After Lazarus has been raised from the dead, many people begin to believe that Jesus may actually be the Messiah. But this does not sit well with the Jerusalem authorities who begin to fear how the Romans might respond to all this. So Caiaphas, who was high priest that year, argued that it would actually be better that one man should die for the people, rather than that the whole nation should perish. On this episode, the hosts will discuss the significance of this statement and its implications on both the dating of the fourth Gospel and the nature of prophecy itself.
Shane Rosenthal: “As people become more materially prosperous and wealthy, they long for having “your best life now.” I don’t know if you’ve talked to people from other countries who are poor. They say, “You guys in America hardly ever talk about heaven.” That is, material self-sufficiency often convinces us of spiritual self-sufficiency, which is the problem that the Sadducees had. They were extremely opulent and wealthy, and they also didn’t believe in heaven and the afterlife. Part of the curse of the fall, the thorns and thistles and poverty, helps us to long for the renewal of all things.”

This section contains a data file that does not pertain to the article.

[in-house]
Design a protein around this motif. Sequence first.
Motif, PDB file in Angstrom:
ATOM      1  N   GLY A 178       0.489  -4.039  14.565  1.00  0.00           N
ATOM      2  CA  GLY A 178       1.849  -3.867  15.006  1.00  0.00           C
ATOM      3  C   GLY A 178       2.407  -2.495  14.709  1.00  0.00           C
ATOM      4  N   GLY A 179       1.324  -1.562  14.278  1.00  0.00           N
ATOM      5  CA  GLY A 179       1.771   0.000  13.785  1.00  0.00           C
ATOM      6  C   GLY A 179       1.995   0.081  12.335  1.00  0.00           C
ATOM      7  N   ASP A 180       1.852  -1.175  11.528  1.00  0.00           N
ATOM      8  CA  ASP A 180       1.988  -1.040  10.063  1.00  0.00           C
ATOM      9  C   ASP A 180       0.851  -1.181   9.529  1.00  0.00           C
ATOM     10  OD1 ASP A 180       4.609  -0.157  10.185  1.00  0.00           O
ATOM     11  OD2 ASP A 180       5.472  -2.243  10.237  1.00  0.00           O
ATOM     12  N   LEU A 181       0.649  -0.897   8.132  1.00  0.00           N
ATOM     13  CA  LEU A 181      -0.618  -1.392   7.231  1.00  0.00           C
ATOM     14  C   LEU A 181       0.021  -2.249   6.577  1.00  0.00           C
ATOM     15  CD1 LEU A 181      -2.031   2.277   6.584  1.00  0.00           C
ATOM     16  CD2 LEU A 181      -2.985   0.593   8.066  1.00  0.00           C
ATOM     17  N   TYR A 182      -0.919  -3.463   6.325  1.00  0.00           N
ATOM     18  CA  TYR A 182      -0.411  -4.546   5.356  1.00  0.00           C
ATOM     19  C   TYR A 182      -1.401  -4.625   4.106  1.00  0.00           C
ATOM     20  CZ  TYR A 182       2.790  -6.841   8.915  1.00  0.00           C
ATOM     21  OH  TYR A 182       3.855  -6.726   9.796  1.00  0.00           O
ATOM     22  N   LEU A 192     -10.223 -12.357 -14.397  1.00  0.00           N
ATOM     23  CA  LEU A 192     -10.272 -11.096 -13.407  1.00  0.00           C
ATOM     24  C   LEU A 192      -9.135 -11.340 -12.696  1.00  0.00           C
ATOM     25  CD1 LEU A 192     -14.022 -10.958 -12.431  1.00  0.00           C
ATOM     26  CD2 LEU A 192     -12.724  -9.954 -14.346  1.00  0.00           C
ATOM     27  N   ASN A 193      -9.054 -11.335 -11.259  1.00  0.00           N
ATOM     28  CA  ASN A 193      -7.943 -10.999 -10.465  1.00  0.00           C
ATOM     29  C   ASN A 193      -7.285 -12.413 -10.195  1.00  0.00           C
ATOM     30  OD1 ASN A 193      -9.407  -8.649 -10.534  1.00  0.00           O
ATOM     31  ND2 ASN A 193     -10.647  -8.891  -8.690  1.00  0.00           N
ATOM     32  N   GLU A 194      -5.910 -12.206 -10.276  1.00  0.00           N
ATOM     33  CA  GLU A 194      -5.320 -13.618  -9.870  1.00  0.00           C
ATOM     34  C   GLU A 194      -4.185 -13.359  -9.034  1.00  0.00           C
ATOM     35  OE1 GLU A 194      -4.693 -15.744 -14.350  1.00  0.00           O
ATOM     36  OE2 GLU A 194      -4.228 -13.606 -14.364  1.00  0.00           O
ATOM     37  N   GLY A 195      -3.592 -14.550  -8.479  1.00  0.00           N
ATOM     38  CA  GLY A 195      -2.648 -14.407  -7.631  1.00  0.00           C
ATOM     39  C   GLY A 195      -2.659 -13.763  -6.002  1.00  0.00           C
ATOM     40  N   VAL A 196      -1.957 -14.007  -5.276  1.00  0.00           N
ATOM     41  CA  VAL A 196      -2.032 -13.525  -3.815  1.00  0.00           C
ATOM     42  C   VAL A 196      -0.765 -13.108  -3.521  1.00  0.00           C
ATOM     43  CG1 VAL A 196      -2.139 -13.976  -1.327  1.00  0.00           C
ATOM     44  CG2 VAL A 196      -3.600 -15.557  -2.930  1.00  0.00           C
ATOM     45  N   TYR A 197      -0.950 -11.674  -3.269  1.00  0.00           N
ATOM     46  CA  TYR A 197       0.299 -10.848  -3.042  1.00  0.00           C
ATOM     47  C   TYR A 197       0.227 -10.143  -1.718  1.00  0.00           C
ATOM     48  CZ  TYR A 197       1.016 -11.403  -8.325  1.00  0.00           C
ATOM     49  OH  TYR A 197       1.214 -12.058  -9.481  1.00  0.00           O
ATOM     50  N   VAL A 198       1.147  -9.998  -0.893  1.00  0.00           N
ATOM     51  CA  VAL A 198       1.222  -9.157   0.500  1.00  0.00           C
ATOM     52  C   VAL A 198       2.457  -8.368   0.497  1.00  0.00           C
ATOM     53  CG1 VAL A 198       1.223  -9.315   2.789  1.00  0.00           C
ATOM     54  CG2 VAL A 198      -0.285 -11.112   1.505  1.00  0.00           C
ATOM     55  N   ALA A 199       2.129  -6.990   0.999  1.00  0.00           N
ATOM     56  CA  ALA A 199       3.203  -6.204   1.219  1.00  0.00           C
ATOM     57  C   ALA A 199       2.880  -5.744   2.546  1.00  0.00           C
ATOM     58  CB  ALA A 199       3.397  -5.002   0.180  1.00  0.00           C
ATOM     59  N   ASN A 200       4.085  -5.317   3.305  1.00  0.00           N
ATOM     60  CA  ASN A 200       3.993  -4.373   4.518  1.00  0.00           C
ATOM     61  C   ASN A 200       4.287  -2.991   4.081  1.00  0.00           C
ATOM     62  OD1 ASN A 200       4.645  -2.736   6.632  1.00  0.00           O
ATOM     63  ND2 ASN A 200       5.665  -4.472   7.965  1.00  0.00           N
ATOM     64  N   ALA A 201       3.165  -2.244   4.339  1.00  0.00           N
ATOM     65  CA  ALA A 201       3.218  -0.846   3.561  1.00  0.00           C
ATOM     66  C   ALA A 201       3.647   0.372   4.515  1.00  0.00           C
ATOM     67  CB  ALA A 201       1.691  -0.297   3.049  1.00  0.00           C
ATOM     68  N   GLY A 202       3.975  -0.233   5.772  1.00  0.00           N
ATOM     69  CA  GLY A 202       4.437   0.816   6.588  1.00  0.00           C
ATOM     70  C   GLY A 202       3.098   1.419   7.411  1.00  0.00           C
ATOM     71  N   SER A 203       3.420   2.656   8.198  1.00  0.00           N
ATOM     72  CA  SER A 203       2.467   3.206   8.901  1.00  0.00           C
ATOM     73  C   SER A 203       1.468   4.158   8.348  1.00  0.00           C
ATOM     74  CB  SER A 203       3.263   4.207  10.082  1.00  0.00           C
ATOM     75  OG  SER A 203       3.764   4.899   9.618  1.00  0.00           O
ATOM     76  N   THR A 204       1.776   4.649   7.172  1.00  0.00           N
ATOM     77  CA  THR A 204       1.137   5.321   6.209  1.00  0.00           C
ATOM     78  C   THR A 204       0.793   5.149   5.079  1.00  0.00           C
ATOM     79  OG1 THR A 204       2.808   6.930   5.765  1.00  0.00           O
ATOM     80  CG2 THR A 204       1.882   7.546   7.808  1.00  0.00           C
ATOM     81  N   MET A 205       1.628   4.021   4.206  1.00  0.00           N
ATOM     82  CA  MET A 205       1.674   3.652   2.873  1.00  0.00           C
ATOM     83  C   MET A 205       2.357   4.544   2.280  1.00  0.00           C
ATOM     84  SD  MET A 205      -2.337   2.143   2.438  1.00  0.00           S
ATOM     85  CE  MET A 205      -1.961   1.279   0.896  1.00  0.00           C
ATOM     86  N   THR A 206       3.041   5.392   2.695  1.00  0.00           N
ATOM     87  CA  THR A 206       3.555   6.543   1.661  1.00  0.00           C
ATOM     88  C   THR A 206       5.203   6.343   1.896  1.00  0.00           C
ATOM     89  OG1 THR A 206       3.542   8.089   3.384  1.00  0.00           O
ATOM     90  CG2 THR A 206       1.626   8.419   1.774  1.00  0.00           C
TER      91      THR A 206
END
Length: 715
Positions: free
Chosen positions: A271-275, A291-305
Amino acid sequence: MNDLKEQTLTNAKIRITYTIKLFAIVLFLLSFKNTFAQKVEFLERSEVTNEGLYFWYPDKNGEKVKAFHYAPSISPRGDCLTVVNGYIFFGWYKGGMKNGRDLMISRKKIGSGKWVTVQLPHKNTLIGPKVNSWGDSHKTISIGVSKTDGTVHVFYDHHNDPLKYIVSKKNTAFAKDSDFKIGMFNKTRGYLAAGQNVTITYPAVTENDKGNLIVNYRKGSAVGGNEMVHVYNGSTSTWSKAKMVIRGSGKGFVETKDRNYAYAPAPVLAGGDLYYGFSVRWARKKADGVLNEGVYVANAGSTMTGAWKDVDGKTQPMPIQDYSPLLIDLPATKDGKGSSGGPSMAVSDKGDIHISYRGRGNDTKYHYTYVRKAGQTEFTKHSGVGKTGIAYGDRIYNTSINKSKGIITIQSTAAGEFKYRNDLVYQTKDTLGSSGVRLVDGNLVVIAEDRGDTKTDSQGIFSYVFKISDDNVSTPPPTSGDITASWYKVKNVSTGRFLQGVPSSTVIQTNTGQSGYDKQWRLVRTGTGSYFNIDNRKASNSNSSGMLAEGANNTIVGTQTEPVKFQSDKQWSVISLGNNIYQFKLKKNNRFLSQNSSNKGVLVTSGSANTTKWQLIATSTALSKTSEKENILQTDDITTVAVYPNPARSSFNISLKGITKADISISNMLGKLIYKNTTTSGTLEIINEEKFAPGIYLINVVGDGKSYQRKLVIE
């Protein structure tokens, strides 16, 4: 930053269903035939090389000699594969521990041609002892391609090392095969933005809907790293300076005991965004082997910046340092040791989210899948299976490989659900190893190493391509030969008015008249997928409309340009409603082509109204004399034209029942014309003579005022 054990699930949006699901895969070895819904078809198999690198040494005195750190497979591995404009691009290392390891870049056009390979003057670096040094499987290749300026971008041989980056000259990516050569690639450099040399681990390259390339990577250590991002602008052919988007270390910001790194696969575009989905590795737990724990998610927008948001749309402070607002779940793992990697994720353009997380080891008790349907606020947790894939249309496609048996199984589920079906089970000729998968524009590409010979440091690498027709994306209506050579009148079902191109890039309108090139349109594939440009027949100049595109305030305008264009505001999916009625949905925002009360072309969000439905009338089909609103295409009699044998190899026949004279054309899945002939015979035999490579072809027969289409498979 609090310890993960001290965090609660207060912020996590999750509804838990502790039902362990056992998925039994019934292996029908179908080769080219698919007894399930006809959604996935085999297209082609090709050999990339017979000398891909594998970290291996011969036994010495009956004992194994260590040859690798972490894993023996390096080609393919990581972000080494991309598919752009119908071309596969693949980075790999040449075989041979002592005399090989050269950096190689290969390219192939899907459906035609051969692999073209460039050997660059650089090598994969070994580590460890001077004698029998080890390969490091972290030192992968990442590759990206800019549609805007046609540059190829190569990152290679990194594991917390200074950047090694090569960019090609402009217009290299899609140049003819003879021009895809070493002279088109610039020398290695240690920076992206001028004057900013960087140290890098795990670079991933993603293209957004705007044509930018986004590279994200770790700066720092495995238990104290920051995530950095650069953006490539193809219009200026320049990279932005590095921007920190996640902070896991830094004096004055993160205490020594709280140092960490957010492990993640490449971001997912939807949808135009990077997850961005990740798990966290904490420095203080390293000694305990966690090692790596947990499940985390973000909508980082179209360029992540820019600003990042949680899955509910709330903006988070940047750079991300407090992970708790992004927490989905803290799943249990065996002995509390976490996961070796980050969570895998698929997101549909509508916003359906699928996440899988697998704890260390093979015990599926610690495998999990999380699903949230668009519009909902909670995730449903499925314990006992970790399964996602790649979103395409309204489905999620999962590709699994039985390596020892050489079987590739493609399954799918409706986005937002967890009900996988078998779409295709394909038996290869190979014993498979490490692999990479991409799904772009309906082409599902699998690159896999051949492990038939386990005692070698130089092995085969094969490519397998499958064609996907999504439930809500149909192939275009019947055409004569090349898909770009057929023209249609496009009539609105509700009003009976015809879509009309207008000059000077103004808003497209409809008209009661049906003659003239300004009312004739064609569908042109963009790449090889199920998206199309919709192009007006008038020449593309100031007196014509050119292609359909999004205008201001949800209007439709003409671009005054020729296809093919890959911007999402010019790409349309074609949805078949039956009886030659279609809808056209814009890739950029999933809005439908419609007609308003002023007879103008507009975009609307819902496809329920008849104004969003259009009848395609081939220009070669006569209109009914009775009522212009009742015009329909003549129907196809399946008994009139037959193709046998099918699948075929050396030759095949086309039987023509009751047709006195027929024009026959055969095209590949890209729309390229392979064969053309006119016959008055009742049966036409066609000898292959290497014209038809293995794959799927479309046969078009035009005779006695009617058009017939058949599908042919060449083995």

Term to Learn
In the biblical sense of the word, a prophet is a person who speaks for God. The popular sense of the word “prophet,” in accordance with which it designates a man who predicts the future, does not do justice to the biblical sense. A prophet in the biblical sense of the word, may predict the future, but he may also speak of the present and of the past, and he may be just as truly a prophet when he issues commands as he is when he gives information. He is a prophet if he speaks as one who has been made, in a supernatural fashion, the mouthpiece of God, so that he can say when he comes forward, “Thus saith the Lord.”
(Adapted from J. Gresham Machen, “What is a Prophet?”, The Presbyterian Guardian 7 no. 9 [May 10, 1940]: 131.)